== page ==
The site of the former Bath BBQ restaurant will become a local meat supplier

The site of the former Beale Street Barbeque in Bath is being renovated to reopen under new ownership as Kennebec Meat Co.

Michael and Rebecca Quigg sold 215 Water St. to Scott Raymond for $647,000.

The transaction was initiated by Sean Ireland of Windward Development and brokered by Mandy Reynolds of the Magnusson Balfour team of Keller Williams Commercial and Steven Chicoine of Keller Williams Realty.

“It’s been quite an adventure,” said Raymond, who worked on the deal with his wife Michelle and son Jordan.

The building dates from the 19and century and is located in the historic district of downtown Bath.

It prominently bears the Thomas W. Hyde Block inscription.

Hyde (1841-1899) was the founder of what is now Bath Iron Works.

old bbq

For the past 25 years the building has housed the Beale Street BBQ.

“It was May 17, 1996, when Beale Street Barbeque & Grill first opened the doors and immediately slammed more guests into us than we could handle,” wrote Quigg, owner of the restaurant and restaurant. property, in a recent blog post.

He continued: “Went out after lunch and cried a little tear then quickly came back and reset for dinner service which went incredibly well.”

Quigg closed the restaurant on December 19.

“I know my restaurant closure is sad for a lot of people, but it’s not for me,” he wrote. “It was way too good to be sad.”

Premium meat

The space is being renovated to reopen as Kennebec Meat Co.

Courtesy / Kennebec Meat Co.

Shown here is a composite of the property with a Kennebec Meat Co. sign.

Raymond told Mainebiz that the new venture combines his business experience with his son Jordan’s butchery experience. His other son, Dylan, is a graphic designer and created the logo and will manage the website and social media presence.

“So it’s really a family business,” he said.

Scott Raymond is regional senior vice president of a medical diagnostic imaging company called RAYUS Radiology. The company is headquartered in Minneapolis, Minnesota, but Raymond works remotely from his home in Georgetown.

Jordan Raymond worked in digital marketing in California until two years ago when he moved back to Maine and started working at a butcher shop in Portland.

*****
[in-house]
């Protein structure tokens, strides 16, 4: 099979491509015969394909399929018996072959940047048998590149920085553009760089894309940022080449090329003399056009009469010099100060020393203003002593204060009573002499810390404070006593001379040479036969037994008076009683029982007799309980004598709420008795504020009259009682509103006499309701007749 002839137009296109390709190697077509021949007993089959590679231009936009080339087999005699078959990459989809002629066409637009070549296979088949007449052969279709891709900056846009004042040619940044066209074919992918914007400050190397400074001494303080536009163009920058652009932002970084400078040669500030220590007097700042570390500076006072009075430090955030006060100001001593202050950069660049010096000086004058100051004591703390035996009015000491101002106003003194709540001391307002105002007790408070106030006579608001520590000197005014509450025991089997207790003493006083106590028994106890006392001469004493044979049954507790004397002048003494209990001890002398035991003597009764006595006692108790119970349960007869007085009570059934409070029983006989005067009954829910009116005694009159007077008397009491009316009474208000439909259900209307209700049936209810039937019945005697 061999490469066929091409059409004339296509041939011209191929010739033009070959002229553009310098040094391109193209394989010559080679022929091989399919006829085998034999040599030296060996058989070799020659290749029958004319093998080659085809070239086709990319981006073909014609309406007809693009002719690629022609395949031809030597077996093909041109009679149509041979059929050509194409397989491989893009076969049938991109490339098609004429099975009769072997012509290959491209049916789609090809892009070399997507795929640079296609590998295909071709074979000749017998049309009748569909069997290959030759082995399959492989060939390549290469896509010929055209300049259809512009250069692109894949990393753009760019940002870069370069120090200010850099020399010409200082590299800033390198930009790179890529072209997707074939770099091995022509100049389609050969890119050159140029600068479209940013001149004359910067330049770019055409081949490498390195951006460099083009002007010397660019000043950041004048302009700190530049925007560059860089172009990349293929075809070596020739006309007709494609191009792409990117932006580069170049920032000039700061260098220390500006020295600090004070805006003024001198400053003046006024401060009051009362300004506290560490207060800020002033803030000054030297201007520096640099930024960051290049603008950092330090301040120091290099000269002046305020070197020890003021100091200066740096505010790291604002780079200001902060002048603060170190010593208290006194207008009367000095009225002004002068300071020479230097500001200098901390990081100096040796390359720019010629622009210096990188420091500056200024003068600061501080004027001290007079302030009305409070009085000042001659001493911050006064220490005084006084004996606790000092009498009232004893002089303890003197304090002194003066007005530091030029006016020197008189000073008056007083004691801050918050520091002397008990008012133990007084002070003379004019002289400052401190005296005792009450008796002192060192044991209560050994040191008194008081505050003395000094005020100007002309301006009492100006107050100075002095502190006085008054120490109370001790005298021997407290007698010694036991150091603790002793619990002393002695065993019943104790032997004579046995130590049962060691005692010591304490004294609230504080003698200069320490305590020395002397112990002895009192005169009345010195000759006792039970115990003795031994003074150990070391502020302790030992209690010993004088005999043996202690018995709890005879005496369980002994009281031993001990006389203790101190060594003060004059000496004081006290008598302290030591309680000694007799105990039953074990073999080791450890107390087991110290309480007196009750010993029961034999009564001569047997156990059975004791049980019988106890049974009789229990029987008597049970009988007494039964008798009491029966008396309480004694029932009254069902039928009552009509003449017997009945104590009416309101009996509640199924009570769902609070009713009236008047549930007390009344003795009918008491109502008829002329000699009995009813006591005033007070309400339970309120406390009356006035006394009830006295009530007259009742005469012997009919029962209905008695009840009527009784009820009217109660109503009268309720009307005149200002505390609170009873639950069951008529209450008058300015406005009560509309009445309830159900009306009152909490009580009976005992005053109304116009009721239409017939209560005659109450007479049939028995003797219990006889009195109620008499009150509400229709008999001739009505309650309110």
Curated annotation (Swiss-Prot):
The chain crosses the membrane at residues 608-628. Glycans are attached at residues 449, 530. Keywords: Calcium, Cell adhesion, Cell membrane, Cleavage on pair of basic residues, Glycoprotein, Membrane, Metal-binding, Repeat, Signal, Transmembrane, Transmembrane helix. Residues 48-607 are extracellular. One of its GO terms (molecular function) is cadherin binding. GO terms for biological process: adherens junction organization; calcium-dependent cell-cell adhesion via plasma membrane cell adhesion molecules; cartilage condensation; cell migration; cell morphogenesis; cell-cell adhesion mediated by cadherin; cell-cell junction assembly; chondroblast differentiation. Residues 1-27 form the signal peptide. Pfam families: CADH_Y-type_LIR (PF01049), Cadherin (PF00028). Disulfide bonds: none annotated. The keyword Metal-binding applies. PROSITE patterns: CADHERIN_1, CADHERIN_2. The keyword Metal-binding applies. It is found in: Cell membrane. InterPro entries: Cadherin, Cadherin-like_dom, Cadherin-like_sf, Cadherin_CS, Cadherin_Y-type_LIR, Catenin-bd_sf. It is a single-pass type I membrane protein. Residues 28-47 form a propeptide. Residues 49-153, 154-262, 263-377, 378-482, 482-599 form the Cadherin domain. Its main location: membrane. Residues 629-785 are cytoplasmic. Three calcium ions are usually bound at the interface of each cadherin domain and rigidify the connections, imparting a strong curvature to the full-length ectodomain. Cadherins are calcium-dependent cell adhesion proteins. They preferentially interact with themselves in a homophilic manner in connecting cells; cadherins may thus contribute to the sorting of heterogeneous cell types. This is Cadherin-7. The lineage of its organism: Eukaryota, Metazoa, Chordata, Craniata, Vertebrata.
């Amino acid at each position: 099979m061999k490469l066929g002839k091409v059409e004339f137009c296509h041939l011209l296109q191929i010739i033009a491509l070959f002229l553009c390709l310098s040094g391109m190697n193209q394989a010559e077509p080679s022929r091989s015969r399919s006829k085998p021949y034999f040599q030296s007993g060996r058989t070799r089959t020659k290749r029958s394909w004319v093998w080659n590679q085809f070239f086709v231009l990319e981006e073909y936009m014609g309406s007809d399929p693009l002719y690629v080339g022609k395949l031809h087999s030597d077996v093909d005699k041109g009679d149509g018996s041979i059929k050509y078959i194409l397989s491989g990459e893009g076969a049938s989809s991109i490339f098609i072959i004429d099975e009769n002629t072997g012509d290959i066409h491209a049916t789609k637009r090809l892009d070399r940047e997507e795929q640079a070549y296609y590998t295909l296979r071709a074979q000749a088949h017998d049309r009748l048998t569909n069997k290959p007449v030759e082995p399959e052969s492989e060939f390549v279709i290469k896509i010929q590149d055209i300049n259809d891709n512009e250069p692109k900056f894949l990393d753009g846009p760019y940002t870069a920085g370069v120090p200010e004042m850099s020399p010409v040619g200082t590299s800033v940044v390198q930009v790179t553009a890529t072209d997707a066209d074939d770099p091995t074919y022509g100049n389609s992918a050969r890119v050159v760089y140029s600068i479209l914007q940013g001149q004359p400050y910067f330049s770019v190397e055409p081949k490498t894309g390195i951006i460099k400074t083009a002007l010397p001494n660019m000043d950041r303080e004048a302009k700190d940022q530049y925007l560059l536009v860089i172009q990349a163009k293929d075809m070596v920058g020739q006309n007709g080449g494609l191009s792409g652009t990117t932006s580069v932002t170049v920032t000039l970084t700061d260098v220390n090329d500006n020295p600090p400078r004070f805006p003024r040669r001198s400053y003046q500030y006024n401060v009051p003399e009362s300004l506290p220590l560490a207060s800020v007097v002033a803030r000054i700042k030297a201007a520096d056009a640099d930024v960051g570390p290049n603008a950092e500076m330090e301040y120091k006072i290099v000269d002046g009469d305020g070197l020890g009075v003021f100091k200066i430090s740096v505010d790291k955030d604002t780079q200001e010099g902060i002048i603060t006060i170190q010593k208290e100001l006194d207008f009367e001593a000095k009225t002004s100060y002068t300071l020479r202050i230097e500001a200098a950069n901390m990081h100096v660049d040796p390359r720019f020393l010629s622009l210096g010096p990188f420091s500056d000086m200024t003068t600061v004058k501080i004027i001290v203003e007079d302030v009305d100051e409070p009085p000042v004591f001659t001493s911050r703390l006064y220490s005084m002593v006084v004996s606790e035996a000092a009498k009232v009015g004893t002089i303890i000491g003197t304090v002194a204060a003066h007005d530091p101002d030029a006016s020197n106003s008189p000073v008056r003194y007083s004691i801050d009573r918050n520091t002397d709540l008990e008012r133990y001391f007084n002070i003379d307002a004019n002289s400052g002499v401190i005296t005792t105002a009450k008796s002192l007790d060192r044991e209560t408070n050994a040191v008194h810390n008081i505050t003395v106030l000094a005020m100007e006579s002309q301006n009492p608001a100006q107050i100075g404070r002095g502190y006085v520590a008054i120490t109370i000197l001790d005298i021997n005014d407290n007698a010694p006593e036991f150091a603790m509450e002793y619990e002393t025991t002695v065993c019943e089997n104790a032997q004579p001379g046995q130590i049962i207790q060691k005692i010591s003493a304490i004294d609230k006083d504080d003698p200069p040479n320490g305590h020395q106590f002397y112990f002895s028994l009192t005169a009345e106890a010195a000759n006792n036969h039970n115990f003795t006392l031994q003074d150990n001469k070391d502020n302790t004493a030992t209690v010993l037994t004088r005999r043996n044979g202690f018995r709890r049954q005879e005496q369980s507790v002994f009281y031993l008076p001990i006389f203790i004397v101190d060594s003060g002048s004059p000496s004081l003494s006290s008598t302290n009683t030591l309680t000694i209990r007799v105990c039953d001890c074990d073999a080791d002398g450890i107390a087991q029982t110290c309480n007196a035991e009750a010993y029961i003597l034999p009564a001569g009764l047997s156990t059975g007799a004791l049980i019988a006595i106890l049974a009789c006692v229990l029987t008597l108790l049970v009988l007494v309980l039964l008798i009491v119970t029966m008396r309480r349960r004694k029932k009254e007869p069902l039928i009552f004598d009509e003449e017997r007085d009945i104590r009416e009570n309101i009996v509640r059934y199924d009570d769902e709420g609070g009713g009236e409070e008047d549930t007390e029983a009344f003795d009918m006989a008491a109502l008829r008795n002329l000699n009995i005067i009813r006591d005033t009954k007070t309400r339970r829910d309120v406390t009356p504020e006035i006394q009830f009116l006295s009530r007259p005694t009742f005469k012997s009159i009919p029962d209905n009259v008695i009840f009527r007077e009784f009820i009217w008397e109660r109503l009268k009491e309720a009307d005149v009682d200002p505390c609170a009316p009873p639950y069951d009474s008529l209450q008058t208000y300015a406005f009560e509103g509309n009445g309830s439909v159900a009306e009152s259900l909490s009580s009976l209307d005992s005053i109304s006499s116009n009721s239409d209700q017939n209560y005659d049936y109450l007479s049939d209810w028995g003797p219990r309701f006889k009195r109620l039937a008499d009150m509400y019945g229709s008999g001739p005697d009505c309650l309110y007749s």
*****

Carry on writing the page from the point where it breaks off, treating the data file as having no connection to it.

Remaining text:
Last summer Jordan moved to Woolwich, a town above Bath, and father and son began talking about setting up a new business that would fill a niche in the local market.

“My wife and I really like the premium beef and groceries,” Scott said. “We found ourselves having to travel quite a distance to find them.”

Given his son’s experience and the lack of a high-end supply store in the Bath area, they thought there was a market opportunity.

“We felt there was a strong need in our area,” he said. “I live in Georgetown, so Bath is the nearest big city, if you will. We’re here all the time and we love the community.

Family and friends were enthusiastic about the idea. The downtown location was perfect for their needs, Raymond said. The purchase was financed by the Bath Savings Bank.

“I spent all my summers growing up in Maine and lived there permanently for seven years,” he said. “Bath city center is a bit buzzing. The vibe you get there is awesome.

With Jordan on board to handle the business side of running the shop, they needed a head butcher. So they brought in Patrick Tweedie, who previously worked at Rosemont Market in Portland and has experience butchering whole animals.

Courtesy / Kennebec Meat Co.

Left to right, Patrick Tweedie, Chief Butcher and Deputy General Manager of Kennebec Meat Co., with the company’s General Manager, Jordan Raymond, and Owner, Scott Raymond.

“I use my business background and my son uses his background to combine and create what we hope will be a unique experience in Maine, which is premium meat and other groceries and a high level of customer service. “, said Raymond. “I learned in my business that if you do it right, you can be very successful.”

Cutters and grinders

The space was essentially move-in ready, aside from the installation of equipment, some of which is out of stock until early March.

“We’re not going to change much on the inside other than making it appropriate for our business,” Raymond said.

Work is also underway to create a website, signs and banners.

Courtesy / Kennebec Meat Co.

Dylan Raymond created the logo.

The old restaurant was equipped with dishwashers and cooking appliances. The new kitchen equipment will include cutting and preparation tables, grinders and a refrigerated warehouse. In the retail area, there will be meat crates, open crates for ready meals, and retail shelves for sauces, condiments, etc.

The two-story building totals approximately 4,500 square feet. The store will occupy the ground floor. The second floor is a vacant apartment that will be renovated to be compatible with a high-end residential lease.

The investment in minor space modifications for the ground floor space plus equipment is expected to be close to $200,000. Funding will be through personal funds and probably an equipment loan.

Supply will be through local farms and wholesalers, Raymond said.

“We develop a network through our contacts and at farmers’ markets and we reach out and find local people and farms that make really delicious food,” he said.

The plan is to source processed products, as well as wholesale meats for uses such as making sausages at the store and butchering for retail.
The opening date has not yet been set, but the goal is sometime in April.

“The goal is to leverage our respective skill sets with a strong focus on local sources,” Raymond said. “We believe there is a niche for people who love and appreciate and will pay for high-end, unique items.”

Amanda J. Marsh